It’s Hard to Do ‘On the Road’ While Off the Road, So Here’s How Steve Hartman Is Adapting

By A.J. Katz 

Many know CBS News’ Steve Hartman for his On the Road segments, which traditionally air Fridays on the CBS Evening News and on CBS Sunday Morning.

What you might not know is that thousands of teachers have used Hartman’s On the Road stories in their classes. With millions of students home from school due to coronavirus protocols, Hartman thought a great way to keep his stories alive and reinforce values like kindness and community would be to teach a course himself. Plus, it gives teachers and parents 30 minutes off from having to deal with their kids.

Hartman’s Kindness 101 series streamed live on the CBS Evening News Facebook page over four days last week from 2-2:30 p.m. ET. The classes featured some of his favorite On the Road stories along with valuable lessons in themes like character, empathy, altruism and friendship. The class targeted grade school and middle school students, but kids and teens of all age groups participated.

According to CBS News, the Kindness 101 Facebook video series earned over 2 million views collectively. Not too shabby.

We caught up with Hartman after the conclusion of his interactive series to find out how he thought it went, and how his journalism at CBS will change in this coronavirus era. After all, it will be tough to go On the Road in this era of “social distancing” and when so many Americans are in quarantine.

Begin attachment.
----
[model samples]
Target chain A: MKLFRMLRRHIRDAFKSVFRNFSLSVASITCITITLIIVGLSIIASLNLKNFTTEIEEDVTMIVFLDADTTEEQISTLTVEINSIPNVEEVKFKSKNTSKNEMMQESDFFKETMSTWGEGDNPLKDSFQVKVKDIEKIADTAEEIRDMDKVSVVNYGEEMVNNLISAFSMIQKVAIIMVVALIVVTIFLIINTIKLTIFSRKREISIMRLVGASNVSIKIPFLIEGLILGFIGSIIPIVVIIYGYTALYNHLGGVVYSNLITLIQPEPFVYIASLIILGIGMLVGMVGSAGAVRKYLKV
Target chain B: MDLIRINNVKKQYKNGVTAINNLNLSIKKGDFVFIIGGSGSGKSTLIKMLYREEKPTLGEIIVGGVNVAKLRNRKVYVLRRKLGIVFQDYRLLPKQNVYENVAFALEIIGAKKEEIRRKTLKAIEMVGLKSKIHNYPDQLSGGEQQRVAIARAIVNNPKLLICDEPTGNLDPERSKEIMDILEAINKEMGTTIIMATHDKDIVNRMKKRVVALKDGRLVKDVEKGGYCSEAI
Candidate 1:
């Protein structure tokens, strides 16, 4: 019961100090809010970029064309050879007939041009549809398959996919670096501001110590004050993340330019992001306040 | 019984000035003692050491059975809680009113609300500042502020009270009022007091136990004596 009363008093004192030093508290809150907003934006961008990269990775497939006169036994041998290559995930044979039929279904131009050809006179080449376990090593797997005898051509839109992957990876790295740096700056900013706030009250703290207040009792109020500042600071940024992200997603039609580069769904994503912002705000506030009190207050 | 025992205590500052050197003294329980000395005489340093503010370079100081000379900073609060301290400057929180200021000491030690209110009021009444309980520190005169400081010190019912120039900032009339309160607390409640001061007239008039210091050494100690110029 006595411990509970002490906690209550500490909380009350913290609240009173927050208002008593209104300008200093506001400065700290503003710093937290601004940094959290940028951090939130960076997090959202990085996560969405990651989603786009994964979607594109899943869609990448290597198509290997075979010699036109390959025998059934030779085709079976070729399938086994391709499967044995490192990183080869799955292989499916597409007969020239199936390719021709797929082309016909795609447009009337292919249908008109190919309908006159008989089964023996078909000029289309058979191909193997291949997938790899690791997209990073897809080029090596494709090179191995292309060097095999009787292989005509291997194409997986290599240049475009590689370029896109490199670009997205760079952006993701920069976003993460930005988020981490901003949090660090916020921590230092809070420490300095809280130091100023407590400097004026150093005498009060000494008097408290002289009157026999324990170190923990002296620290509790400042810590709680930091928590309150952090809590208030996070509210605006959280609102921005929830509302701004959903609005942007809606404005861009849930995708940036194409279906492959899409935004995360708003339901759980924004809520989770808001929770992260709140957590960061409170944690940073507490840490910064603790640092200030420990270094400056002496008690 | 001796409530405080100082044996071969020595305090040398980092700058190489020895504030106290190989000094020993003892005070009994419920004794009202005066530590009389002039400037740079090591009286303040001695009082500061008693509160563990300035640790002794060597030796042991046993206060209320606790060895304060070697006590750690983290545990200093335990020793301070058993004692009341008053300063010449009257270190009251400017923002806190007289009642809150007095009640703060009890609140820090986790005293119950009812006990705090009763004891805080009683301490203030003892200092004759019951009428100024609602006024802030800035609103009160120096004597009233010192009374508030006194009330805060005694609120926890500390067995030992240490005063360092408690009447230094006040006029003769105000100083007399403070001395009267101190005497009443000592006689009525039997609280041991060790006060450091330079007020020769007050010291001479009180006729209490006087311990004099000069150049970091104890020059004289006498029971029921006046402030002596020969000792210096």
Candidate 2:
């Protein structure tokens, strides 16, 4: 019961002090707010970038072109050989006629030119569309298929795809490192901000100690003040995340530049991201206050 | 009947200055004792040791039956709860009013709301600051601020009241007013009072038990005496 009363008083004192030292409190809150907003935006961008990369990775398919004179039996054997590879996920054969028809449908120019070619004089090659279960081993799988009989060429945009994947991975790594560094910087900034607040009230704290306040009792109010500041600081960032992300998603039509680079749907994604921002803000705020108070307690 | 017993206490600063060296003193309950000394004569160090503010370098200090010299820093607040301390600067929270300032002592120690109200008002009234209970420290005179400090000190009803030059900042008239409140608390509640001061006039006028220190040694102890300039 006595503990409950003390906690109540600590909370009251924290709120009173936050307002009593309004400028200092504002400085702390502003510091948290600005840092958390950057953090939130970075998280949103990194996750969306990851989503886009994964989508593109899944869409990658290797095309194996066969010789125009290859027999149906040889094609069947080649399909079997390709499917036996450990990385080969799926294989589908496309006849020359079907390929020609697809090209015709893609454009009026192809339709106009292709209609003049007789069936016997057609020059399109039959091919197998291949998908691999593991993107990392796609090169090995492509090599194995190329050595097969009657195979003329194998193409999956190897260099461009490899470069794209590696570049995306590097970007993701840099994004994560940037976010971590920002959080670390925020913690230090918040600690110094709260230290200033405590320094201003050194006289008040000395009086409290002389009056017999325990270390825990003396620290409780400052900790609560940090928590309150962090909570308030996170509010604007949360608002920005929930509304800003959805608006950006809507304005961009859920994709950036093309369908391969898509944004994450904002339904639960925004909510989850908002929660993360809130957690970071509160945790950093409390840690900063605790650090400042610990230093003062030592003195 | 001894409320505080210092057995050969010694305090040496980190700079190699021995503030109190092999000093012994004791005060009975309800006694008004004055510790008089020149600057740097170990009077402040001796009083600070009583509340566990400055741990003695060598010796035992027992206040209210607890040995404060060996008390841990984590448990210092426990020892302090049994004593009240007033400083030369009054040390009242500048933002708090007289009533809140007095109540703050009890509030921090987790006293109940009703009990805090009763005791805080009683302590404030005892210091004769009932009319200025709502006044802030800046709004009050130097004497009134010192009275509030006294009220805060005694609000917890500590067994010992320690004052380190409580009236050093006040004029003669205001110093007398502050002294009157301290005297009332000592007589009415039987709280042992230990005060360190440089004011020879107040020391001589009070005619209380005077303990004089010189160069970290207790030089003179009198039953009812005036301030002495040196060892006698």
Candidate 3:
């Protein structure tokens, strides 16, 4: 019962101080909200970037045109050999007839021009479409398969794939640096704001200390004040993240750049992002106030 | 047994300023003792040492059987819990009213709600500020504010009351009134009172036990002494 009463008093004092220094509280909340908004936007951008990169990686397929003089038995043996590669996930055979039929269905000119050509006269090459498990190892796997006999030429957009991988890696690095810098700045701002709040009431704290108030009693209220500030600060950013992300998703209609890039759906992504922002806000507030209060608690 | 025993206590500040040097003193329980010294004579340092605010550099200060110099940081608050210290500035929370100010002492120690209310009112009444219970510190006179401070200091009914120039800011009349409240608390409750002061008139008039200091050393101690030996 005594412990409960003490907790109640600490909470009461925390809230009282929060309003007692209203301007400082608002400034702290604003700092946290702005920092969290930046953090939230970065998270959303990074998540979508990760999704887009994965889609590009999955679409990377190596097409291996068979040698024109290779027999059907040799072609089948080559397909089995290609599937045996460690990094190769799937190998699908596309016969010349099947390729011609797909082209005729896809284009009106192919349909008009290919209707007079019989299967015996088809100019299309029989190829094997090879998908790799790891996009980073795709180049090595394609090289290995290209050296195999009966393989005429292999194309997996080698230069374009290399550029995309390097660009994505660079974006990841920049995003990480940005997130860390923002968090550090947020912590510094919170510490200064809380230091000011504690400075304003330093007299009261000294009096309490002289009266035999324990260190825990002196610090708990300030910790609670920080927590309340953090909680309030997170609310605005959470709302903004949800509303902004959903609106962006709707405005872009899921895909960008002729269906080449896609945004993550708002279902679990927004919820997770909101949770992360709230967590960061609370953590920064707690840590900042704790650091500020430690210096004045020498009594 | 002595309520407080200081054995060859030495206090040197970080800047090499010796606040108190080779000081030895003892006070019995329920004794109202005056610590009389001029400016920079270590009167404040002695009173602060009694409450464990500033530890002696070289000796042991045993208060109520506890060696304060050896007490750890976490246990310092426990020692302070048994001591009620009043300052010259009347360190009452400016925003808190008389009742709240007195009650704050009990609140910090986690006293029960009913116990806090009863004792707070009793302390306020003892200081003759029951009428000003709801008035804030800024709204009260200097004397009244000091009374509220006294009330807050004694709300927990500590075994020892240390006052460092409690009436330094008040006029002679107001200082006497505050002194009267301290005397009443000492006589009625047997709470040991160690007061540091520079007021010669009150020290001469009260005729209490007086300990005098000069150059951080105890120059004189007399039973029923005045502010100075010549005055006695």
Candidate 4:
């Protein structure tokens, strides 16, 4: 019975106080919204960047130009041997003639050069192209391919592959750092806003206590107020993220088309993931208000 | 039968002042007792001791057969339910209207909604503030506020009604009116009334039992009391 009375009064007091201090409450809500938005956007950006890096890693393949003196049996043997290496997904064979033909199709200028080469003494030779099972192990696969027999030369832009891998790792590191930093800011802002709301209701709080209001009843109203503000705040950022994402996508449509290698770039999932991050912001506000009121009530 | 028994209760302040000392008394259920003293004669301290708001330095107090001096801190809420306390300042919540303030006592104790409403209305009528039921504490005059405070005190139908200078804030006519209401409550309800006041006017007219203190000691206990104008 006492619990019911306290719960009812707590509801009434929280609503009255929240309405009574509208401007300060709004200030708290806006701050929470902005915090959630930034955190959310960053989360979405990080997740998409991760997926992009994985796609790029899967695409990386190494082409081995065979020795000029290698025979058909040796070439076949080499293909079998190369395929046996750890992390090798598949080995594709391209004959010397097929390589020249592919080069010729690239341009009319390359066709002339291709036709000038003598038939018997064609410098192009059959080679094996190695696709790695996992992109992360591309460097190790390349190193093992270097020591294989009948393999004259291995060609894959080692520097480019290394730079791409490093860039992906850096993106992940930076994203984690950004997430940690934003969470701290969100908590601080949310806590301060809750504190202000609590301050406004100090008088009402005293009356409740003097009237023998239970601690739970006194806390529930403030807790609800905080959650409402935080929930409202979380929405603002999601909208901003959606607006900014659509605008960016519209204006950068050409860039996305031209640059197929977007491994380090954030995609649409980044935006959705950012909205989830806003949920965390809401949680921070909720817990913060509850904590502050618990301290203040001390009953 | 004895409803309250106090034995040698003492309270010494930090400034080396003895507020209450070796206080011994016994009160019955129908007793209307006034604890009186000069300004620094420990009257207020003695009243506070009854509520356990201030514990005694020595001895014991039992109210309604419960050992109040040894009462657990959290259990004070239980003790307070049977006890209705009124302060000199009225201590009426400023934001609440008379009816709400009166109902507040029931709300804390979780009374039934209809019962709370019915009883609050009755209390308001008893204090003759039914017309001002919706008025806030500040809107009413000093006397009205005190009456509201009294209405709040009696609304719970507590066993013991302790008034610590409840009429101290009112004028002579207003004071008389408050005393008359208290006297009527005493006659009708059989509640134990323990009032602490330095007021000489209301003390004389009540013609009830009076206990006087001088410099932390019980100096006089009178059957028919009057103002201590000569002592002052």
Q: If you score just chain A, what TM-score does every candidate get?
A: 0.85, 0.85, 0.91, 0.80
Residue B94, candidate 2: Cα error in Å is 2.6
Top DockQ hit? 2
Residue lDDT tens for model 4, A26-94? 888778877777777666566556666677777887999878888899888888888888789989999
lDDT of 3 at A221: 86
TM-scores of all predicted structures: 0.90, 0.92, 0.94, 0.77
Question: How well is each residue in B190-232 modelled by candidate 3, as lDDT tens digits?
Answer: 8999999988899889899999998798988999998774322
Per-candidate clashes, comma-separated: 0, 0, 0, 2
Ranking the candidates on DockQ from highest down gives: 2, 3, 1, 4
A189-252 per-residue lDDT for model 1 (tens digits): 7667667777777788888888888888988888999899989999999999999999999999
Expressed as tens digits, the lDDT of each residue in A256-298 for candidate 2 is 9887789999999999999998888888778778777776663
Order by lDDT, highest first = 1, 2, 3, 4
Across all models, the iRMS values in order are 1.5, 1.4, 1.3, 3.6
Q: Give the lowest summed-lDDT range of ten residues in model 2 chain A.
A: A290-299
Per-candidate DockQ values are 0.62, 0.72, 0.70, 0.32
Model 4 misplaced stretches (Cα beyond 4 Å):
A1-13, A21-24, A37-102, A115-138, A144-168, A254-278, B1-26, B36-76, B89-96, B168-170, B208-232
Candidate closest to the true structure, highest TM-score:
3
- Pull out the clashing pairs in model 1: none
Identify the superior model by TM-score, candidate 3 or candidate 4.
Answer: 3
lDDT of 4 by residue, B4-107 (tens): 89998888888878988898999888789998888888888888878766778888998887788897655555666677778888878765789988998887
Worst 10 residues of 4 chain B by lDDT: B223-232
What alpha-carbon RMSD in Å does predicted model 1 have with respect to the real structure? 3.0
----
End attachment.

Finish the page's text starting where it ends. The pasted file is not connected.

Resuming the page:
TVNewser: How do you think the Kindness 101 series went, and what type of feedback have you received?

Hartman: We didn’t know what to expect. We were well aware that thousands of teachers across the country were already using our On the Road stories as part of their character education curriculum. So we knew there was an appetite for this. We also knew a lot of kids were following us. But we could have never imagined the response to our Kindness 101 online class.

Do you hope to do more of these interactive stories for CBS Evening News?

I would definitely consider doing more of these kinds of interactive stories. It has been an exciting way to engage with and educate our younger viewers, especially during difficult times like we’re in today. At the very least, I would like CBS News to make our On the Road archives available to teachers. That is a work in progress.

How is your job going to change in this coronavirus era? It’s pretty difficult to go On the Road these days.

It’s hard to do On the Road off the road. I will need to adapt, for the time being. It’s certainly going to be hard to get the emotional stories we seek, over Skype. Professionally, I want to stay relevant. Personally, I want to matter. So I will evolve. And I will be packing my bags, again—as soon as it is safe to do so.

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